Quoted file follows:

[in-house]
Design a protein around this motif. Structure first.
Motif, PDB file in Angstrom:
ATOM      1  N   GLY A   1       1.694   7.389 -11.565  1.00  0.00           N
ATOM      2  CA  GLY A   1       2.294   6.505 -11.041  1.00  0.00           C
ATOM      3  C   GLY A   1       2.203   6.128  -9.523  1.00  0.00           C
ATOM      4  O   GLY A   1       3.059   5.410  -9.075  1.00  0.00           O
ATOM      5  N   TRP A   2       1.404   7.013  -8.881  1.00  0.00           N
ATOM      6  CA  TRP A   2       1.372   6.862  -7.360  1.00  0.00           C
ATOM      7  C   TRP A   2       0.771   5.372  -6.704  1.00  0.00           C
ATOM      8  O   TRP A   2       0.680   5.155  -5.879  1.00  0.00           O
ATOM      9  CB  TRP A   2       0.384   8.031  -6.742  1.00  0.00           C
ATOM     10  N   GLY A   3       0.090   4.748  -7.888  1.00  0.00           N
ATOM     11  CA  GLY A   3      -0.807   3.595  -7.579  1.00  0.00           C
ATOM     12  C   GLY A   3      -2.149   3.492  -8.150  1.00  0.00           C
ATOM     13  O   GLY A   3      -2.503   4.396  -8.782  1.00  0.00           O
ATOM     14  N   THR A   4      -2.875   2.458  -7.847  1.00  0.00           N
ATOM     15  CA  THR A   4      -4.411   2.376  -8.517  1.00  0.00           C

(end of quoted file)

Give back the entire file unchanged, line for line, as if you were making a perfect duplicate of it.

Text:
[in-house]
Design a protein around this motif. Structure first.
Motif, PDB file in Angstrom:
ATOM      1  N   GLY A   1       1.694   7.389 -11.565  1.00  0.00           N
ATOM      2  CA  GLY A   1       2.294   6.505 -11.041  1.00  0.00           C
ATOM      3  C   GLY A   1       2.203   6.128  -9.523  1.00  0.00           C
ATOM      4  O   GLY A   1       3.059   5.410  -9.075  1.00  0.00           O
ATOM      5  N   TRP A   2       1.404   7.013  -8.881  1.00  0.00           N
ATOM      6  CA  TRP A   2       1.372   6.862  -7.360  1.00  0.00           C
ATOM      7  C   TRP A   2       0.771   5.372  -6.704  1.00  0.00           C
ATOM      8  O   TRP A   2       0.680   5.155  -5.879  1.00  0.00           O
ATOM      9  CB  TRP A   2       0.384   8.031  -6.742  1.00  0.00           C
ATOM     10  N   GLY A   3       0.090   4.748  -7.888  1.00  0.00           N
ATOM     11  CA  GLY A   3      -0.807   3.595  -7.579  1.00  0.00           C
ATOM     12  C   GLY A   3      -2.149   3.492  -8.150  1.00  0.00           C
ATOM     13  O   GLY A   3      -2.503   4.396  -8.782  1.00  0.00           O
ATOM     14  N   THR A   4      -2.875   2.458  -7.847  1.00  0.00           N
ATOM     15  CA  THR A   4      -4.411   2.376  -8.517  1.00  0.00           C